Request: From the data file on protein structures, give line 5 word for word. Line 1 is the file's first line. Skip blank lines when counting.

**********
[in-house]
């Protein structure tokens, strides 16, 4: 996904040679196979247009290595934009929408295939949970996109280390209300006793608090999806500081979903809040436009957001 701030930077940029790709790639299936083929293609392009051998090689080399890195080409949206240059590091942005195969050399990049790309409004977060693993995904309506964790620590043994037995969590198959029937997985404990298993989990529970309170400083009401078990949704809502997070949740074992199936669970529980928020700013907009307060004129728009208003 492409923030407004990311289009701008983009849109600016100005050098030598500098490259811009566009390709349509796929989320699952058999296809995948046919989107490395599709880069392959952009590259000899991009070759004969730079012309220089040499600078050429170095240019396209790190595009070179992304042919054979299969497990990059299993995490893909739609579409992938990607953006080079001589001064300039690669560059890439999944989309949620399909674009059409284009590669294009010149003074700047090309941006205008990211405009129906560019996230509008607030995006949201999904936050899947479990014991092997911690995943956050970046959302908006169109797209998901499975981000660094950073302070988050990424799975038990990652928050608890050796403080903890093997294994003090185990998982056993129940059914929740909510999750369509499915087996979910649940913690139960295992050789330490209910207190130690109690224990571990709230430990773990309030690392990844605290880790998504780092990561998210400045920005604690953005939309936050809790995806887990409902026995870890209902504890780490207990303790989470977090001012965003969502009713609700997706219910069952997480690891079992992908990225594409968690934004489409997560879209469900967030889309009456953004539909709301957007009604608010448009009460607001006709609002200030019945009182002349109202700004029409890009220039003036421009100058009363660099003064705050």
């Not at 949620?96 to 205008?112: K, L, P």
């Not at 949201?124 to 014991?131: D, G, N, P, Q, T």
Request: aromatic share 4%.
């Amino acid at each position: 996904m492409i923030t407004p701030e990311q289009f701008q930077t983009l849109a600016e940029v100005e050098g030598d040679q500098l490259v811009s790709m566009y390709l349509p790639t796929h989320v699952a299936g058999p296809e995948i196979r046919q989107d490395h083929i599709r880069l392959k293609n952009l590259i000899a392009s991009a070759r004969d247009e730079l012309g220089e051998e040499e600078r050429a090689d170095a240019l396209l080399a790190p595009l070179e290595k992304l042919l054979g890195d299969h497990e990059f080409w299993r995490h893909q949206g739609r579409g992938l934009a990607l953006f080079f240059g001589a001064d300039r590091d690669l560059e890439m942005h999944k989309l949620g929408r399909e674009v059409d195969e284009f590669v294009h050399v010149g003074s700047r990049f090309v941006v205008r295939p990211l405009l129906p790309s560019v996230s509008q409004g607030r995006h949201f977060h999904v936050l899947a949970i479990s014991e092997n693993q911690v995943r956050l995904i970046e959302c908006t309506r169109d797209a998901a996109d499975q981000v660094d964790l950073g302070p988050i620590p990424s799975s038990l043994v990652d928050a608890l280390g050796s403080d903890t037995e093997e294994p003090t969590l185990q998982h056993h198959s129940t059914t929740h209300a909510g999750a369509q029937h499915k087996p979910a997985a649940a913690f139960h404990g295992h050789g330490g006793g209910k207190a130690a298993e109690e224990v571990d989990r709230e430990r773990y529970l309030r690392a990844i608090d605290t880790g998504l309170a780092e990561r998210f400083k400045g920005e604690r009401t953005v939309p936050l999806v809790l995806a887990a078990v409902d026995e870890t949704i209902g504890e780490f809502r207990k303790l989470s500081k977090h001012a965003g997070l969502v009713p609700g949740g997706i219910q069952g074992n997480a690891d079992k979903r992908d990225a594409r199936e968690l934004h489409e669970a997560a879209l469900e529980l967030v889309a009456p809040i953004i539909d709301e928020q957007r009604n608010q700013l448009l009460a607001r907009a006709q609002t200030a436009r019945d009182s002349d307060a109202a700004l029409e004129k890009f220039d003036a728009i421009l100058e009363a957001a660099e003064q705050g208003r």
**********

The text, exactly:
Request: aromatic share 4%.